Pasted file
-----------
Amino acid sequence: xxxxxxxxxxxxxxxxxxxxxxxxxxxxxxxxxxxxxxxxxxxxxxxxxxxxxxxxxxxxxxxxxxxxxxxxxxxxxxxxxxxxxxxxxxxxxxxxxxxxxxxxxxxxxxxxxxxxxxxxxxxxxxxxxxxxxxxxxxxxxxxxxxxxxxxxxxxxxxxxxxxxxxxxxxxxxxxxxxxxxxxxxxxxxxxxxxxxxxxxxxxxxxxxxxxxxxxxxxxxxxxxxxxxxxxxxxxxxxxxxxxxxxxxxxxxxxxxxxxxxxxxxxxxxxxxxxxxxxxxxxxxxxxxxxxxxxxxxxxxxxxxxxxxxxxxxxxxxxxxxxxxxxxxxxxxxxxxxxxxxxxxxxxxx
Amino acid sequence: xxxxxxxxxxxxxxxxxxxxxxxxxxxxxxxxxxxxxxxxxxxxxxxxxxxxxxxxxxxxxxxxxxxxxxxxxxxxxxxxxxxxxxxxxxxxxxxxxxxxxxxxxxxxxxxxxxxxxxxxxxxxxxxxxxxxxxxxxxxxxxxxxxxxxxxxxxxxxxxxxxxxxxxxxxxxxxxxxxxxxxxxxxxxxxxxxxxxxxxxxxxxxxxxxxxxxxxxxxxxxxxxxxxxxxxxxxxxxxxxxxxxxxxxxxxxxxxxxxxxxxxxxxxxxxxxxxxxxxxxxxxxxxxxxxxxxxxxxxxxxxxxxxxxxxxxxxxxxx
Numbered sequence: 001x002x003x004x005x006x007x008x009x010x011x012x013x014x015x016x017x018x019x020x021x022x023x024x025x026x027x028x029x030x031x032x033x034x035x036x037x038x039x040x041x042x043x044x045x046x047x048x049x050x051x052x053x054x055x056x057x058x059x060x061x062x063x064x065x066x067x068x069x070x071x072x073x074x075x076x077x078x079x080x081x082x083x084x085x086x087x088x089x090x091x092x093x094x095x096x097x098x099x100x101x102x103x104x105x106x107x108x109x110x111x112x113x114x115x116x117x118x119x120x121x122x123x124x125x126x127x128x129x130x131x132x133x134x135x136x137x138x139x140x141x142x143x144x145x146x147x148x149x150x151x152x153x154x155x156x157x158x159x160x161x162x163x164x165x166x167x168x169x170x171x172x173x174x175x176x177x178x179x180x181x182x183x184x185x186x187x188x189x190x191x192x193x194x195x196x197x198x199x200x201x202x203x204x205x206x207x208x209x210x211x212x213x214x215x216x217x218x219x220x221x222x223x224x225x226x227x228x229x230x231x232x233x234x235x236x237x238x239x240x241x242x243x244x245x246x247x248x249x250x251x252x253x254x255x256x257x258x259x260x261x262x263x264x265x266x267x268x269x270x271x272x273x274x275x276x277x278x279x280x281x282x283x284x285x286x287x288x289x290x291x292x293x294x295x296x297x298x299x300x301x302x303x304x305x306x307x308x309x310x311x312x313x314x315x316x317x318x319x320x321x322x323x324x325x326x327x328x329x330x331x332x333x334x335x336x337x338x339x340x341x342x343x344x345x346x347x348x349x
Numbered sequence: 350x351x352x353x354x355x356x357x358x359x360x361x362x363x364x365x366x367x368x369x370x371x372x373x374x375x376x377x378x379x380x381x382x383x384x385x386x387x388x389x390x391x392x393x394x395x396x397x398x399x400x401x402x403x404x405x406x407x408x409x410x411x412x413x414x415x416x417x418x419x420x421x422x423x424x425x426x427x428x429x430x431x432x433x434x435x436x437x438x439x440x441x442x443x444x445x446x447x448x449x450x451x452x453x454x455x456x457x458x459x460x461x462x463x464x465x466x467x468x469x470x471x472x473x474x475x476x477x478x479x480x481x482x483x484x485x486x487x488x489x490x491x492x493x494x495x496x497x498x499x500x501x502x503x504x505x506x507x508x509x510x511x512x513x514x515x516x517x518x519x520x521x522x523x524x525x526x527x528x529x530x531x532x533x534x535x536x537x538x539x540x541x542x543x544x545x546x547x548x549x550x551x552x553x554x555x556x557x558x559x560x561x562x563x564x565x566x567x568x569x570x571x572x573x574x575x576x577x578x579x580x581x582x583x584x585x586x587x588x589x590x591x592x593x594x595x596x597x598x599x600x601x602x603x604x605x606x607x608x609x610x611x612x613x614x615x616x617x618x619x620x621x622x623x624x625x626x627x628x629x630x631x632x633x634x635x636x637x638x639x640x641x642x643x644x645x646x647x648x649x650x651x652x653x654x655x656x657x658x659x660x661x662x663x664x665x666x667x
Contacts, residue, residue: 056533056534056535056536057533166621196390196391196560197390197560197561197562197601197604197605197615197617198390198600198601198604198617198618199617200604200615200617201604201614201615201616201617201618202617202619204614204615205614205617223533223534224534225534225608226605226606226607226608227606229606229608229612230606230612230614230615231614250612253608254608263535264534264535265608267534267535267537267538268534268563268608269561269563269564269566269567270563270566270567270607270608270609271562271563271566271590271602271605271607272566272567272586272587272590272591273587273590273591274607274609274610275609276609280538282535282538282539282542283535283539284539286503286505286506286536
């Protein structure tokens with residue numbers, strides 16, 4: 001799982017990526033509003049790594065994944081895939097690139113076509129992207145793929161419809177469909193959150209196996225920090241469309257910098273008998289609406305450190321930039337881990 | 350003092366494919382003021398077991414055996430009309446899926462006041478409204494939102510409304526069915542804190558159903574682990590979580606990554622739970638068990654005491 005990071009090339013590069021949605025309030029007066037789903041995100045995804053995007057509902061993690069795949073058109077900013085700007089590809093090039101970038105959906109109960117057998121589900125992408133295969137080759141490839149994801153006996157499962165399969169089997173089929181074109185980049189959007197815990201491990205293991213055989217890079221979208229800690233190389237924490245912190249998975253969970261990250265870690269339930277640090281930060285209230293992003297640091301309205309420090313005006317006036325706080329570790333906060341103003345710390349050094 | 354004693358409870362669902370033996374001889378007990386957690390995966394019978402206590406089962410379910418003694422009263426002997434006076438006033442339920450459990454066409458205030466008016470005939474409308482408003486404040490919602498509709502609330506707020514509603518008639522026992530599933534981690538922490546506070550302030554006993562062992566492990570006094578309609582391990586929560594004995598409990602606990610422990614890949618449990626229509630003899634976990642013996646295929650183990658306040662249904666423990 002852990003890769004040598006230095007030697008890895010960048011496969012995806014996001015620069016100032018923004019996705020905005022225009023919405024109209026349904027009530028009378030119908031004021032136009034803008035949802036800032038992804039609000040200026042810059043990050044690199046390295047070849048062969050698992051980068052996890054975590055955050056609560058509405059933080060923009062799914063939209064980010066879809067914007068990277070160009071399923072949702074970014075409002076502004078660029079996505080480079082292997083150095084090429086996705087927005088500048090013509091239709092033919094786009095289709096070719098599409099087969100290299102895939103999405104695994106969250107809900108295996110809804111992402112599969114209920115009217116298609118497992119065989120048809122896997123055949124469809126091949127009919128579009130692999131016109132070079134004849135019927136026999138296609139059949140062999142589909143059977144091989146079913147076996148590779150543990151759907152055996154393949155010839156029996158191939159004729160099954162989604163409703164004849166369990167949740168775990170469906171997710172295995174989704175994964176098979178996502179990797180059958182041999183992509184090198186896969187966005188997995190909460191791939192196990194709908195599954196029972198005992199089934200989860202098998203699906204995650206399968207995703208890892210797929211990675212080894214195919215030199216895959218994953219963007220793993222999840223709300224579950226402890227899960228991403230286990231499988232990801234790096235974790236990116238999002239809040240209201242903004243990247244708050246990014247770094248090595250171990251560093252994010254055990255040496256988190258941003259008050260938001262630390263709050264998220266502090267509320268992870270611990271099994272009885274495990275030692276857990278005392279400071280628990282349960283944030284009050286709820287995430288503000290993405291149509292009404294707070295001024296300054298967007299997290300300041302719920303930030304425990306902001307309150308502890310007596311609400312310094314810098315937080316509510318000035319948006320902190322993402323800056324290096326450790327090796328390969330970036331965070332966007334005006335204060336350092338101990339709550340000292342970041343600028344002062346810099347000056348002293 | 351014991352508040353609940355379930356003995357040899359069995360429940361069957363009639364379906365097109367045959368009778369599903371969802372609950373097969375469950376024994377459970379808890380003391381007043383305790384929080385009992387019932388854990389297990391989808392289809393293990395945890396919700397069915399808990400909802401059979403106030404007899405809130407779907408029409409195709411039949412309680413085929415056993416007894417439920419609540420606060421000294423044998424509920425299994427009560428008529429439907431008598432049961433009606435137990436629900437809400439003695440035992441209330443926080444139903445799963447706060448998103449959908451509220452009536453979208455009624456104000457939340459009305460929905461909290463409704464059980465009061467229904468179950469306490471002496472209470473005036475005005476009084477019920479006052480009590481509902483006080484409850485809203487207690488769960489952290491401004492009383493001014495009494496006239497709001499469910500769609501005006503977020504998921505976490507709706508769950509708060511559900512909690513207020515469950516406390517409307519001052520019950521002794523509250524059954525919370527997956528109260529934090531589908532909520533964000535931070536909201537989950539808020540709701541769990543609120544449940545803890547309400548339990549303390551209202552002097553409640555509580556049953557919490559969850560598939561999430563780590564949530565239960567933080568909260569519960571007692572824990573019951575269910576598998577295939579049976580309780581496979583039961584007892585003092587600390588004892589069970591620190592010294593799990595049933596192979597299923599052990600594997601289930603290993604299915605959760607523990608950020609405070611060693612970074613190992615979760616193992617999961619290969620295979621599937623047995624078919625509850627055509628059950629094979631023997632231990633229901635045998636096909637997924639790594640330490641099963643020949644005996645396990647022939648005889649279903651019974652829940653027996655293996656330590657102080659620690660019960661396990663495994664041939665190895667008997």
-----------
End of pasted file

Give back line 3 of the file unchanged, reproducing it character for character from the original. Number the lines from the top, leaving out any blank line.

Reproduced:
Numbered sequence: 001x002x003x004x005x006x007x008x009x010x011x012x013x014x015x016x017x018x019x020x021x022x023x024x025x026x027x028x029x030x031x032x033x034x035x036x037x038x039x040x041x042x043x044x045x046x047x048x049x050x051x052x053x054x055x056x057x058x059x060x061x062x063x064x065x066x067x068x069x070x071x072x073x074x075x076x077x078x079x080x081x082x083x084x085x086x087x088x089x090x091x092x093x094x095x096x097x098x099x100x101x102x103x104x105x106x107x108x109x110x111x112x113x114x115x116x117x118x119x120x121x122x123x124x125x126x127x128x129x130x131x132x133x134x135x136x137x138x139x140x141x142x143x144x145x146x147x148x149x150x151x152x153x154x155x156x157x158x159x160x161x162x163x164x165x166x167x168x169x170x171x172x173x174x175x176x177x178x179x180x181x182x183x184x185x186x187x188x189x190x191x192x193x194x195x196x197x198x199x200x201x202x203x204x205x206x207x208x209x210x211x212x213x214x215x216x217x218x219x220x221x222x223x224x225x226x227x228x229x230x231x232x233x234x235x236x237x238x239x240x241x242x243x244x245x246x247x248x249x250x251x252x253x254x255x256x257x258x259x260x261x262x263x264x265x266x267x268x269x270x271x272x273x274x275x276x277x278x279x280x281x282x283x284x285x286x287x288x289x290x291x292x293x294x295x296x297x298x299x300x301x302x303x304x305x306x307x308x309x310x311x312x313x314x315x316x317x318x319x320x321x322x323x324x325x326x327x328x329x330x331x332x333x334x335x336x337x338x339x340x341x342x343x344x345x346x347x348x349x